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Molly and Rowdy

Best friends after a very rocky start! Dogs don’t always start out as best friends. Like humans, sometimes it takes a while for them to get comfortable and get to know each other.

Molly and Rowdy
Molly and Rowdy

We're happy to announce that after 3 meet and greets, and a very carefully managed sleepover, Molly (aka Mochi) is adopted!

𝗔 𝗗𝗶𝘀𝗮𝘀𝘁𝗿𝗼𝘂𝘀 𝗠𝗲𝗲𝘁 𝗮𝗻𝗱 𝗚𝗿𝗲𝗲𝘁
Molly is a sweet puppy, but she’s anxious and very excitable around other dogs. We think she wasn’t socialized as a puppy, or something bad happened to her before we got her. We don’t know her backstory. We do know she gets out of control when other dogs are around.

Not all adoptions go smoothly from the start. Part of our process is a meet and greet, where we introduce the new dog to other members of the family, including other resident pets. Molly was a very anxious puppy who got nervous and quickly overwhelmed in new situations, and her first meet and greet was a disaster.

When she met Jeannie, Jim and their dog Rowdy, Molly barked and barked. We took them for a walk, went through our introduction process, and she eventually calmed down for a few minutes. Then she started barking all over again. Rowdy was excited and wanted to play, so he barked back, and we started all over again.

We quickly realized Molly wasn’t ready to start a sleepover, so we regrouped and planned a follow up session. The next introduction went better, but both dogs were still way too excited. We spent more time inside and in the backyard, with the dogs off leash but separated. Rowdy settled down, but Molly was still too out of control, and we didn’t want them to get off to a bad start.

𝗧𝗵𝗶𝗿𝗱 𝗧𝗶𝗺𝗲'𝘀 𝗖𝗵𝗮𝗿𝗺
On the third introduction, Molly was less anxious. We think the repeated introduction helped ease her anxiety, and we decided to start a carefully managed sleepover.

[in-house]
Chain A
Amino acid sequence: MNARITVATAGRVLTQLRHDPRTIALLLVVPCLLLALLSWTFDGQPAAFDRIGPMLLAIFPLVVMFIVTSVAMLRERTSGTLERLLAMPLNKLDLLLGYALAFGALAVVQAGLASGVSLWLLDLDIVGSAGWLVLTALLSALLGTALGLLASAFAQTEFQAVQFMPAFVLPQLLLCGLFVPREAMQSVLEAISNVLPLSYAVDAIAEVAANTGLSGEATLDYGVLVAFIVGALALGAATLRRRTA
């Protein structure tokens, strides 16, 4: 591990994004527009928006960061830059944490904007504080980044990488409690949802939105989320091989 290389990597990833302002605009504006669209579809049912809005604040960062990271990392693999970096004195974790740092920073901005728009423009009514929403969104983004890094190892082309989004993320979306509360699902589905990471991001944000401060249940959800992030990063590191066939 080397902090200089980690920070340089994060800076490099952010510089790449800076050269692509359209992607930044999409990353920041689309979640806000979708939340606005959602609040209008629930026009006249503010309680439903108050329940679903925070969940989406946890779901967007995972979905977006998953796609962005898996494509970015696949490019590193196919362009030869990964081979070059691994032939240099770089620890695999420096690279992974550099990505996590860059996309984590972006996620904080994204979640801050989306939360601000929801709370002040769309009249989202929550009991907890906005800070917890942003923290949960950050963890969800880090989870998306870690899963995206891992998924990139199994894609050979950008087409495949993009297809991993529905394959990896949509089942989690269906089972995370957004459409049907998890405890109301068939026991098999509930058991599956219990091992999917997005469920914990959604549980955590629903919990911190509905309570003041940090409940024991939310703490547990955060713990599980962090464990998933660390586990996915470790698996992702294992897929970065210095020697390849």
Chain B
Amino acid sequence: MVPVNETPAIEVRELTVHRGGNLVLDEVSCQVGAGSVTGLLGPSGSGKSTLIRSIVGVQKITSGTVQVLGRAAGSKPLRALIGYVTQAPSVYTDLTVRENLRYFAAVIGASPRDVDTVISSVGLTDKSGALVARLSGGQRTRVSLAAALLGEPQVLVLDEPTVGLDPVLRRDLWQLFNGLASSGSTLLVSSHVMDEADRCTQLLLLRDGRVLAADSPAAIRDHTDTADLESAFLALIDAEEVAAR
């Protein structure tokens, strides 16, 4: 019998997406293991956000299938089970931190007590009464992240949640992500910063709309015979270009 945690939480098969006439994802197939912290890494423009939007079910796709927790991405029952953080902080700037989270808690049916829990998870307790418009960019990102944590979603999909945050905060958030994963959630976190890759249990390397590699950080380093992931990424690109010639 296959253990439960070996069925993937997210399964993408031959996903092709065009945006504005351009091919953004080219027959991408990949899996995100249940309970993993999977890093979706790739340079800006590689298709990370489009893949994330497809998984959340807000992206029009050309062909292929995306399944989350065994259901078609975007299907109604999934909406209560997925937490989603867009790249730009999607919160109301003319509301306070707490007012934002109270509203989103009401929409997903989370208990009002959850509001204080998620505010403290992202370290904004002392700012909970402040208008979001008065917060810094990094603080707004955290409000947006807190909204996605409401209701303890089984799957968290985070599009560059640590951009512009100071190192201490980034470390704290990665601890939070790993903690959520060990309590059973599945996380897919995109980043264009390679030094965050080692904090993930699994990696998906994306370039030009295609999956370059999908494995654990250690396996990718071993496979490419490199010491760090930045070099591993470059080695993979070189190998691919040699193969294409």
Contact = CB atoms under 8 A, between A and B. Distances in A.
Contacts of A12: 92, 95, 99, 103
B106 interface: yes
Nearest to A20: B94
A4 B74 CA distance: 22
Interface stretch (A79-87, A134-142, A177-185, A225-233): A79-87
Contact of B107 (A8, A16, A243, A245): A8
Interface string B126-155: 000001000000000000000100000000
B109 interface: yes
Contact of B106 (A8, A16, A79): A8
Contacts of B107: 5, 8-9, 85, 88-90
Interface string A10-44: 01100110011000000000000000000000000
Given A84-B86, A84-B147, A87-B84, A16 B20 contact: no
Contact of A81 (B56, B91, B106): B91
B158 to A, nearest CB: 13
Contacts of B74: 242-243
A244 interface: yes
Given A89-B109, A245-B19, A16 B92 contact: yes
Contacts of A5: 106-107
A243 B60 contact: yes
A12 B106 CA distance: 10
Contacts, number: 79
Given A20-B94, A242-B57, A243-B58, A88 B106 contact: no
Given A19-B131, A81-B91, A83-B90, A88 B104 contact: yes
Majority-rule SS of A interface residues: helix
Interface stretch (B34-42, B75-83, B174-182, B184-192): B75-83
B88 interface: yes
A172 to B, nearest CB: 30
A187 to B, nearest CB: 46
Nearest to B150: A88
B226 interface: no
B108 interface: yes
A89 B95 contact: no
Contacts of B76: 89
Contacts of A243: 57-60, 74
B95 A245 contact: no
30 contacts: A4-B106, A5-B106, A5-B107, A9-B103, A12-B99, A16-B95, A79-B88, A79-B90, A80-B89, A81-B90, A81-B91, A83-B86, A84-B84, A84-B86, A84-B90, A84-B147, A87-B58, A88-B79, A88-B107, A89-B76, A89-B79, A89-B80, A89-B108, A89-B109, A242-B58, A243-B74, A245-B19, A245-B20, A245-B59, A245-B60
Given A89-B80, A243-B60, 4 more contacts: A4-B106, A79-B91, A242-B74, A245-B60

Thankfully, her foster Liz was amazing, and she was willing to make repeated trips down for meet and greets. Equally important, Jeannie and Jim listened to everything we asked them to do. They kept the dogs separated by a tall baby gate, screwed into the door jam so neither dog could push it over. They crated Molly and Rowdy side by side when no one was home, and they took them for walks together. They even kept them both on leash in the living room watching tv.

As Molly realized this was a good thing, and both dogs got acclimated to one another, they quickly became best friends. Now Molly and Rowdy are inseparable. They don't want to just be near each other... they have to be touching each other.

𝗧𝗵𝗲 𝗦𝗹𝗼𝘄 𝗜𝗻𝘁𝗿𝗼𝗱𝘂𝗰𝘁𝗶𝗼𝗻
When one or both dogs is reactive, over-excited or scared, the slow introduction gives them a chance to get comfortable with each other. It’s hard to recover from a bad introduction, and the slow and steady approach has always worked for us. It’s extra work and requires more patience, but giving the dogs time to get comfortable and acclimated is huge.

We’ve been in shelters when someone returns a dog they just adopted because “their dog doesn’t like them.” We know they didn’t give them a chance. That’s not uncommon. A slow introduction gives everyone a chance to adjust to the new normal. After a very rocky start, Molly and Rowdy are now best friends, and Molly is happily adopted!

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